31 May 2012
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Game review: Max Payne 3

Max is a drunk, and everything he touches turns to shit. Lamenting the death of his family, he finds solace at the bottom of a glass. He is the embodiment of every anti-hero ever. Now his life is filled with bad guys, booze and bullets.
So begins Max Payne 3, the latest addition in the Rockstar Games franchise that dates back over 10 years.
The screen blurs from time to time as Max’s brain swims with the effects of the demon drink. It causes him to question his actions. His narrative is constantly asking why. Why is he in this situation, and why is he still going ahead.
New Jersey wasn’t kind to Max; it’s where he lost his family to drug dealers. Brazil isn’t treating him much better. Caught in a world of millionaires, drug parties, and nightclubs with helipads, Max is out of depth, and sinking.
The gameplay in this title is cinematic in the best way. It’s the kind of game that pulls you into it like a movie, when suddenly you realise that you are supposed to be controlling the character; thankfully, only a few of the scenes are of the interactive "press A now” variety.
The narrative switches back into flash backs from time to time, showing Max’s progression from washed up cop drinking in a bar, to drunk ex-bodyguard destroying large parts of the Sao Paulo favela. These breaks make the game feel more continuous despite Max’s changes in appearance, the slow expansion of his world illuminating his actions early in the game.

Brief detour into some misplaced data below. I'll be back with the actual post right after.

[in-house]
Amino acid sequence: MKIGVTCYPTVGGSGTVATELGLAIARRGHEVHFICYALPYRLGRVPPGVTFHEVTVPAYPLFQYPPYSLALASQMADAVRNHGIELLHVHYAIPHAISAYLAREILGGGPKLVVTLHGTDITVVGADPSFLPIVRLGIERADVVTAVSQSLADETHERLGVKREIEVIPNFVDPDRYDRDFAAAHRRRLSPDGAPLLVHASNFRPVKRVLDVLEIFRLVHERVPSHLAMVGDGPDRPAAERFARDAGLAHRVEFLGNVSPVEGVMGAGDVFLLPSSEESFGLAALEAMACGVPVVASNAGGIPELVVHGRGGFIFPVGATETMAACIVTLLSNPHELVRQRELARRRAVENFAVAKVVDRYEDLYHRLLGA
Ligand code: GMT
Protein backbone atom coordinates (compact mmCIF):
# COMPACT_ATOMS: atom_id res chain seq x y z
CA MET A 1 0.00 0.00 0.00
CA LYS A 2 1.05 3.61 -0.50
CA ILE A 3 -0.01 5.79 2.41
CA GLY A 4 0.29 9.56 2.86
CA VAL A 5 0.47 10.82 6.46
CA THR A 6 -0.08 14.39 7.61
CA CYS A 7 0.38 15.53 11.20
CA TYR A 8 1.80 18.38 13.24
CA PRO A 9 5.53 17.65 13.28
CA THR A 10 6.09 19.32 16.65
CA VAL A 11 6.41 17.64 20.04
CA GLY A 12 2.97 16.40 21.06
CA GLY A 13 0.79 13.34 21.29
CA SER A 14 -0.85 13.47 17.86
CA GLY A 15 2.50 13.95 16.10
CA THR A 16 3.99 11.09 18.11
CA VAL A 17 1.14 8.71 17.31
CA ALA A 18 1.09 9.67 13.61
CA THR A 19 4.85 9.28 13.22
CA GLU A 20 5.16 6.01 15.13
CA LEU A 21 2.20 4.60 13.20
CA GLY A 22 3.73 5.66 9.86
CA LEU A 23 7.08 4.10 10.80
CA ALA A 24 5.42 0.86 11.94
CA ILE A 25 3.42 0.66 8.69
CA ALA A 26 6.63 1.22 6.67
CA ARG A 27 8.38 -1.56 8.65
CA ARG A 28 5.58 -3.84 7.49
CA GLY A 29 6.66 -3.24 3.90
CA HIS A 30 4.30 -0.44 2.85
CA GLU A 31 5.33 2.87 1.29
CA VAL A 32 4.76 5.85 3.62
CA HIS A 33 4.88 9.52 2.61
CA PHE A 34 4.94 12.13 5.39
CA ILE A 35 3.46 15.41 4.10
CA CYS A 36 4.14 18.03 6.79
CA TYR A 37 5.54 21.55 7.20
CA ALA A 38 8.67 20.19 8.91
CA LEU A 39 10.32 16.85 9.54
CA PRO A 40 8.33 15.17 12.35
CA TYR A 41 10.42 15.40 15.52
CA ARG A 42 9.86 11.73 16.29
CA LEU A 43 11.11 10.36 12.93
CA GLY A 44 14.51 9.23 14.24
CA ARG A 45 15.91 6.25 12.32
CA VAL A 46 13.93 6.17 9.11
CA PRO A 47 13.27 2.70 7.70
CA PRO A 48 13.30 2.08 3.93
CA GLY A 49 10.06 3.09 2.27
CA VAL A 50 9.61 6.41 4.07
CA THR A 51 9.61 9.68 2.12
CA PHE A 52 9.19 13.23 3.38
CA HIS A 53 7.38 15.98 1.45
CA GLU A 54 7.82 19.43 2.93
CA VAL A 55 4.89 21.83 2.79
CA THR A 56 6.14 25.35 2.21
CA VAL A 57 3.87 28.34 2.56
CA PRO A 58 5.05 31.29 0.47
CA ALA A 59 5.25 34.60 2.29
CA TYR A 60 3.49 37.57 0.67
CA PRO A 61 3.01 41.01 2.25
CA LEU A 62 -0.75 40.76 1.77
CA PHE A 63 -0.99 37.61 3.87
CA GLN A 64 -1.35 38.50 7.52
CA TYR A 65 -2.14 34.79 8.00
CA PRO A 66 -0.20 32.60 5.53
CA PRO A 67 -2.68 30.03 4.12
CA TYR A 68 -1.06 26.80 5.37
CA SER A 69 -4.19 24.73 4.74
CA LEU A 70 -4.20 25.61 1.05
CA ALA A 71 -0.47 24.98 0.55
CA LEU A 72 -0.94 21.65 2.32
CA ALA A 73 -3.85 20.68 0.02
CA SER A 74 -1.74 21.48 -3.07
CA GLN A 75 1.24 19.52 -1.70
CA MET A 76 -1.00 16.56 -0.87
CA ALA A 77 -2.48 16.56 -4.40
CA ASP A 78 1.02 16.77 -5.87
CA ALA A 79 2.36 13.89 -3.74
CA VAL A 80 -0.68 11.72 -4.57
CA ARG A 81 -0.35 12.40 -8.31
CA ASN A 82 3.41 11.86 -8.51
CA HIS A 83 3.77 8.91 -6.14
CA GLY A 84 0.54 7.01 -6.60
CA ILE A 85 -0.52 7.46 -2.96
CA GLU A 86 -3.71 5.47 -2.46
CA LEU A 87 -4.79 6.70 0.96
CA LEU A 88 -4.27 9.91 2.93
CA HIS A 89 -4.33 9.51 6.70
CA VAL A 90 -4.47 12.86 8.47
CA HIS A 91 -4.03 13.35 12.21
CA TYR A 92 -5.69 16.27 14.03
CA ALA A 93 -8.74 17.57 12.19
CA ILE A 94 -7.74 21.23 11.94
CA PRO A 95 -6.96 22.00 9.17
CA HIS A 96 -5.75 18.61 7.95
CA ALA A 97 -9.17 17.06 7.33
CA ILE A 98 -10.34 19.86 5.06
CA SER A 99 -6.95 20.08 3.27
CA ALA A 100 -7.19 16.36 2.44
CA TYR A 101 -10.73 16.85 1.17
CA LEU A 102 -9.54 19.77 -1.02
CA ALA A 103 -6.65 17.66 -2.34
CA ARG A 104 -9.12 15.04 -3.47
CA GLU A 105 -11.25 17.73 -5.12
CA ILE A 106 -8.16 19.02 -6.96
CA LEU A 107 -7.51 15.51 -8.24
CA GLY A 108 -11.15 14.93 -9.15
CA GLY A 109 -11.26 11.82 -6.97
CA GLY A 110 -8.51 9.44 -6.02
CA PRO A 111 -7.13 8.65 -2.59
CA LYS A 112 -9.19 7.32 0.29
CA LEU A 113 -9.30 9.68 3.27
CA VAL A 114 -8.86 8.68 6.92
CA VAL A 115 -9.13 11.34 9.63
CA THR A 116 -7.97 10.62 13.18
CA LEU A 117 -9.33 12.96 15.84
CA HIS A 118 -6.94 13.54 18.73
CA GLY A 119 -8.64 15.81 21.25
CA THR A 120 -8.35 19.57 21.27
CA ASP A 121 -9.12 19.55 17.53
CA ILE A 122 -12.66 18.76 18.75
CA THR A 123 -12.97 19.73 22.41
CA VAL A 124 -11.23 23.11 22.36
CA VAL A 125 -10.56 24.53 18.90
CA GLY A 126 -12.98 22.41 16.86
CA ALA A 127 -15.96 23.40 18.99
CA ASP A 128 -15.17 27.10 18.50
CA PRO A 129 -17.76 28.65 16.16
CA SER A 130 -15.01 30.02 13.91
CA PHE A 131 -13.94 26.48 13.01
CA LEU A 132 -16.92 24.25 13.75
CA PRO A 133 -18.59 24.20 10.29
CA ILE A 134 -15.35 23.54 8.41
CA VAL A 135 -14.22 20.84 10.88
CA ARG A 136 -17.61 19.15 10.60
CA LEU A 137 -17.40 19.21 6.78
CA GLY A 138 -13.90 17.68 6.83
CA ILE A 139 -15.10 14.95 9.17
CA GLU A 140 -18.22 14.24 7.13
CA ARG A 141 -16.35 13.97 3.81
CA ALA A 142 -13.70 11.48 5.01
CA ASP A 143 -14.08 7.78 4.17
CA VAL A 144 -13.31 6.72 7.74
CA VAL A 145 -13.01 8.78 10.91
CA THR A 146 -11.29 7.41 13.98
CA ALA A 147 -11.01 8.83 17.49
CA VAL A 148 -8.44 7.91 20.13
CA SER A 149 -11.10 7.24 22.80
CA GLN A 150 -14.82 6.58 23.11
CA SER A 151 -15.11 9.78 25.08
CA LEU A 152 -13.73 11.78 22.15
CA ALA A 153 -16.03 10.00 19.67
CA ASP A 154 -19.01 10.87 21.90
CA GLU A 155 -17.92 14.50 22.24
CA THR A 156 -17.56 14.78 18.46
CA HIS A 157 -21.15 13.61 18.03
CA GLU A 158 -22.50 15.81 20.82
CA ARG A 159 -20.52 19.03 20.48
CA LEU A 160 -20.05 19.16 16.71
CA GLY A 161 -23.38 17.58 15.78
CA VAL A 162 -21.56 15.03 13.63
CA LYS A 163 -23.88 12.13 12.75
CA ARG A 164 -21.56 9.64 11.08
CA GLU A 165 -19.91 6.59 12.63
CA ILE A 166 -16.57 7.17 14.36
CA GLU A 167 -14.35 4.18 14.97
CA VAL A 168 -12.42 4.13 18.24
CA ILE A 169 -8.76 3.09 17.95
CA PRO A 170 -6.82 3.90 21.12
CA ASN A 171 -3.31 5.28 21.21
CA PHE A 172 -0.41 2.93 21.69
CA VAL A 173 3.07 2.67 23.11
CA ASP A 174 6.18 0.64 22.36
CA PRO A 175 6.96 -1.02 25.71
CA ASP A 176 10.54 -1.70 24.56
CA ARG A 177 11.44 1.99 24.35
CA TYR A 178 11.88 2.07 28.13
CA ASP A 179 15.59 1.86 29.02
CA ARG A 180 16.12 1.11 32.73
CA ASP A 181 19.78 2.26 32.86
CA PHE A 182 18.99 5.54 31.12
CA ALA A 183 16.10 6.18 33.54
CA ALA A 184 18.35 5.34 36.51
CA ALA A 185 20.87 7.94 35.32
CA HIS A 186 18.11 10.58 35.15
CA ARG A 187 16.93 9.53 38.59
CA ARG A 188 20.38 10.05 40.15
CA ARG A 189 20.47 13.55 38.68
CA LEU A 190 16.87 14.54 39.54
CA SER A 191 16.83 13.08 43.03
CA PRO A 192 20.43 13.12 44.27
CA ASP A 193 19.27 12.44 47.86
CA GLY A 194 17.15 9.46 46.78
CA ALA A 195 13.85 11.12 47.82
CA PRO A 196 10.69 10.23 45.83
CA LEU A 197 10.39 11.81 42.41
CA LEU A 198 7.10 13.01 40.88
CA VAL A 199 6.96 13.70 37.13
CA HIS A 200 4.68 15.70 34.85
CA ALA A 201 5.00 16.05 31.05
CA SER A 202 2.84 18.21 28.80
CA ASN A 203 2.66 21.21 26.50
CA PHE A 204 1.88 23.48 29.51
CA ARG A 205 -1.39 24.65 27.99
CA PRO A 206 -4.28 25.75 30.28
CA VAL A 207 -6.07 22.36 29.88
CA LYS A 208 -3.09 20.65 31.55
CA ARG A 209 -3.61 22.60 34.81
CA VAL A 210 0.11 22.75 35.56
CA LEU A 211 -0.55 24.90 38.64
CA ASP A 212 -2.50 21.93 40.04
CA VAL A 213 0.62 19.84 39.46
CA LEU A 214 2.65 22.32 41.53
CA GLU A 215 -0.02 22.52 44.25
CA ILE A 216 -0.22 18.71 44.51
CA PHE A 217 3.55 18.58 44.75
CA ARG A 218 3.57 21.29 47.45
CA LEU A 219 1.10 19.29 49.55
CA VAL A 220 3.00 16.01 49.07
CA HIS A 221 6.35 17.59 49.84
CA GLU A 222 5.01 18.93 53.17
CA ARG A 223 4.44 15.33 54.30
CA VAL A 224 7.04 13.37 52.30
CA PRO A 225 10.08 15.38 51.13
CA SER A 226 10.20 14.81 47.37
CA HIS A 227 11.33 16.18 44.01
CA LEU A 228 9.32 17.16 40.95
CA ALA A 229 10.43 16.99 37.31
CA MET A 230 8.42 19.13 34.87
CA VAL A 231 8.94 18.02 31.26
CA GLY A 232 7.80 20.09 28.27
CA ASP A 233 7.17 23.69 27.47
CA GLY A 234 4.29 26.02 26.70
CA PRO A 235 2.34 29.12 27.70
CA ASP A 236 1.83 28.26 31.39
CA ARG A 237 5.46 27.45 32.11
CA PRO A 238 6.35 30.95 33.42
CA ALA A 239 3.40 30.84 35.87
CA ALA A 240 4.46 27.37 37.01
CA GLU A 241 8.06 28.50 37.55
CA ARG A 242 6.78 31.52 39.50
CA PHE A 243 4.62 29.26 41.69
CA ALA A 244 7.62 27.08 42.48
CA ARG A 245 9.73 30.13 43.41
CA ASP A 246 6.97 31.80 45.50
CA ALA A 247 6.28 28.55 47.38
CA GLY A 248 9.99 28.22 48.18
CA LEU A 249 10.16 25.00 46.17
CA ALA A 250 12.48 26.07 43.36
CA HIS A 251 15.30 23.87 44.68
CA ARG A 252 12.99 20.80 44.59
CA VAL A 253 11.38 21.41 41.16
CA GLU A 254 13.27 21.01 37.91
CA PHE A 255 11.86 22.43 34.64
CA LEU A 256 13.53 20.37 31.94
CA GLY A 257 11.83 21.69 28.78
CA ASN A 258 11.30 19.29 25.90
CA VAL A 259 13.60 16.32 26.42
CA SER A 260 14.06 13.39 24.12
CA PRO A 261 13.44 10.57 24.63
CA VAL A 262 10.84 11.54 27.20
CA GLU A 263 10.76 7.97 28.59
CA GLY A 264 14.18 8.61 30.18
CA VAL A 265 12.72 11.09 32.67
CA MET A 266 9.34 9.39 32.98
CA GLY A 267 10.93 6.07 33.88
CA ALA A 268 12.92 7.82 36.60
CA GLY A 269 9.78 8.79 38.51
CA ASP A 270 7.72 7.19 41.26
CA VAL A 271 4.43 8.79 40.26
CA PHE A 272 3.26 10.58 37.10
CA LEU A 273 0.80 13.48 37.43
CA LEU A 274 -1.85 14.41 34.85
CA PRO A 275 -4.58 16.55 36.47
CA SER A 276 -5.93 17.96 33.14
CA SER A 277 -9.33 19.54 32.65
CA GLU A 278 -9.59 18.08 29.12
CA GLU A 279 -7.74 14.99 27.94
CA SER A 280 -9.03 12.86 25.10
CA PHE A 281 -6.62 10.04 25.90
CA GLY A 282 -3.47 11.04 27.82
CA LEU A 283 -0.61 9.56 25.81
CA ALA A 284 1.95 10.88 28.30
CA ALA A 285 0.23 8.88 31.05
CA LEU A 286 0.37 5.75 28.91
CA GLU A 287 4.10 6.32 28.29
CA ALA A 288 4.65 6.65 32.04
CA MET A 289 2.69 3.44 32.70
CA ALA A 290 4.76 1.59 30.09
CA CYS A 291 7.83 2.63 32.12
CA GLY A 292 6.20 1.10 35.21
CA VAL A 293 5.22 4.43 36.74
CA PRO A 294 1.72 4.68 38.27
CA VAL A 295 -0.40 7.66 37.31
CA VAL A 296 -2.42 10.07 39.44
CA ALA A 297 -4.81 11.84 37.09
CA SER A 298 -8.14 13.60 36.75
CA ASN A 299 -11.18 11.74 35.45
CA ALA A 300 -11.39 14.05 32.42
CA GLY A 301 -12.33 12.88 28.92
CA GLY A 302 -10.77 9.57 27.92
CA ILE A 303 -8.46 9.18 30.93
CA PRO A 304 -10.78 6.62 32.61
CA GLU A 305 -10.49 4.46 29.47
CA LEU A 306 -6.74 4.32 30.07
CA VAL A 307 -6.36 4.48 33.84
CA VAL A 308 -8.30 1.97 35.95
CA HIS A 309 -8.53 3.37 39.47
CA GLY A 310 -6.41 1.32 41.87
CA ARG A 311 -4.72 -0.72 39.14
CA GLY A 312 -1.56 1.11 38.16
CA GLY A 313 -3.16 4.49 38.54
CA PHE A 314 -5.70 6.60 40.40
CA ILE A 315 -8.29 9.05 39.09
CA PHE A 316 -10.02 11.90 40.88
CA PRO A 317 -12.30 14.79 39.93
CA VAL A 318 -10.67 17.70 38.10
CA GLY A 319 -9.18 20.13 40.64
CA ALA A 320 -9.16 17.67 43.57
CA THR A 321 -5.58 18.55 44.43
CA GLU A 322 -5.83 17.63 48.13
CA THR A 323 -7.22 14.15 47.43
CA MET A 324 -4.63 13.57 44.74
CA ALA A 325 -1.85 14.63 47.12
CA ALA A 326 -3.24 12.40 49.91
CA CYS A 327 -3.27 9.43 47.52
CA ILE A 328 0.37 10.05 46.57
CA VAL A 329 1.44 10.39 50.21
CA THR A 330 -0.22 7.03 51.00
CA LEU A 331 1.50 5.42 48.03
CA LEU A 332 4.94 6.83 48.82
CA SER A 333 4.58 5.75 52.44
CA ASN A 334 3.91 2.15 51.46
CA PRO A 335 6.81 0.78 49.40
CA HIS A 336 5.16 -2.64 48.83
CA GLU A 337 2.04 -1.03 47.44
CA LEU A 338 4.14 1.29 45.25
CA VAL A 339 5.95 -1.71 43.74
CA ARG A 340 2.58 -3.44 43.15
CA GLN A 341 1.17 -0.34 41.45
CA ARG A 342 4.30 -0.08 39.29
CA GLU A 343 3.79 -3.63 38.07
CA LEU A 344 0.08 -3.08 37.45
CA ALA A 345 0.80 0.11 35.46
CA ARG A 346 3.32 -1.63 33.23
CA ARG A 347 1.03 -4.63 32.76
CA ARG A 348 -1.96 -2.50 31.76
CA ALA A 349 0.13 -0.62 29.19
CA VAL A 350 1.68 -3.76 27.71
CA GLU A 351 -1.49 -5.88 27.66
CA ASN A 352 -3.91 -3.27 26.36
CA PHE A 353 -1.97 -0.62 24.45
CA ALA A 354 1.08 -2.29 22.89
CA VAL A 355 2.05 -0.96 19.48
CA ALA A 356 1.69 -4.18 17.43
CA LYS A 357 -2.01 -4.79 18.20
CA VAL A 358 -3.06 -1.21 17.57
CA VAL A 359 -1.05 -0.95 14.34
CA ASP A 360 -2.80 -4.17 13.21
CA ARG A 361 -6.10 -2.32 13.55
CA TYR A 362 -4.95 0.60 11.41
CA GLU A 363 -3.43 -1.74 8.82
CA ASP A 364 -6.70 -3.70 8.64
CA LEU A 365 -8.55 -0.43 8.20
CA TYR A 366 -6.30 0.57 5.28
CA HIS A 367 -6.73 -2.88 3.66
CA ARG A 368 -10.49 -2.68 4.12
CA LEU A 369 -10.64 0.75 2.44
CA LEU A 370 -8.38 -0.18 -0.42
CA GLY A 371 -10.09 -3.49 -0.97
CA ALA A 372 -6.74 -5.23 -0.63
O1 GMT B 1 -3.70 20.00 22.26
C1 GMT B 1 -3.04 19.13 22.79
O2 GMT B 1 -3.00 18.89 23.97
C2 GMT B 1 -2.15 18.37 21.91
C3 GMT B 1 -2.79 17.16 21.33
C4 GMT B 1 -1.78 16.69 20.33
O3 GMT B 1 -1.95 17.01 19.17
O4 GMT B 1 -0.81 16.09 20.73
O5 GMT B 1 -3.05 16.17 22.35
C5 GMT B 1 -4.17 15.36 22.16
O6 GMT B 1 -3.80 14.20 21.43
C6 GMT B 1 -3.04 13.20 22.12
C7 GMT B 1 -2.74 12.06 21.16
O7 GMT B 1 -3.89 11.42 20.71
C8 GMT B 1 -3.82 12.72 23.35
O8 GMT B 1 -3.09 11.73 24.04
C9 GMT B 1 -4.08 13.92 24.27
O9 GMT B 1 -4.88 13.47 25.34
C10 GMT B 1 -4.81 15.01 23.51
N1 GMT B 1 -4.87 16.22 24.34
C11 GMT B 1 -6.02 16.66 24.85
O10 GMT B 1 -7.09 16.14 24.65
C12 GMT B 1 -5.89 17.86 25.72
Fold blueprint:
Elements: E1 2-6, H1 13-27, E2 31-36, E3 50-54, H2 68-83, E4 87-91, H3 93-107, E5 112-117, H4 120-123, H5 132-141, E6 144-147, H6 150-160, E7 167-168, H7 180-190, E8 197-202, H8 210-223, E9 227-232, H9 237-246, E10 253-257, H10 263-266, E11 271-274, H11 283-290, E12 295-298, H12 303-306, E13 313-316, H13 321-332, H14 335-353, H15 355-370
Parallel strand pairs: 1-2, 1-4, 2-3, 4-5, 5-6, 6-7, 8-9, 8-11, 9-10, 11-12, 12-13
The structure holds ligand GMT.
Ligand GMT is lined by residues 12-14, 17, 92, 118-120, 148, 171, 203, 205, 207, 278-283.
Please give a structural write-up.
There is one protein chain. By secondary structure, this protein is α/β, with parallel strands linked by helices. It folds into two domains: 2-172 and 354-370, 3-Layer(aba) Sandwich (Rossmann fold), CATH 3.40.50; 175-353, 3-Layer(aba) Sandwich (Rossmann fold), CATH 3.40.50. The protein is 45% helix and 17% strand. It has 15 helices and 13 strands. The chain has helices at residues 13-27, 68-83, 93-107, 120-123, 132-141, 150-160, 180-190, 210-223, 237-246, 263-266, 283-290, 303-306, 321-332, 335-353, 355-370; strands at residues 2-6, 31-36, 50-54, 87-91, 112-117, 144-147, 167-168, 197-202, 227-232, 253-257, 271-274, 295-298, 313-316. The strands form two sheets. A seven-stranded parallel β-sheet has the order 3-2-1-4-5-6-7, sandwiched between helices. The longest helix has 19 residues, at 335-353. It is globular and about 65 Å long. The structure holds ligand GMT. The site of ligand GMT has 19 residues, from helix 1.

The visuals and sound in the game are pretty amazing, and the bad guys never feel like the same four or five dudes running at you over and over. You will never go ‘oh there’s that guy in the red hoodie again’, though (as with all games like this) you may wonder where the criminal ringleaders find so much cannon fodder. Targeting can also get annoying if you have it on ‘sticky’ mode, as it defaults to chest shots and the stronger enemies use body armour which means they tend to get back up.
The incredibly detailed locations can make picking enemies out a hard task, but that’s part of the fun – as is the fact that the sets are destructible. Hide behind a pillar too long and there might not be much of a pillar left. Also, the bad guys will try to flank you, though knowing this can actually improve your chances of making a kill. Set pieces also never feel repetitious.
On the downside, the multiplayer aspects seem to be more about trying things out for GTA V than making a long-lasting online experience. The chance to make a ‘gang’, though, is something you should definitely try with friends.
Throughout this game, Max goes from Ray Liotta to Bryan Cranston, most of the time drunk and making some very poor decisions. Sometimes his choices will make you shake your head. Sometimes the levels will annoy you. Sometimes you’ll wonder why he bought that awful shirt with the parrots on it. But goddamn, it’s a hell of ride!
Graphics: 9
Sound: 9
Gameplay: 8.5
Lasting appeal: 6
Overall: 8
Played on XBox 360.
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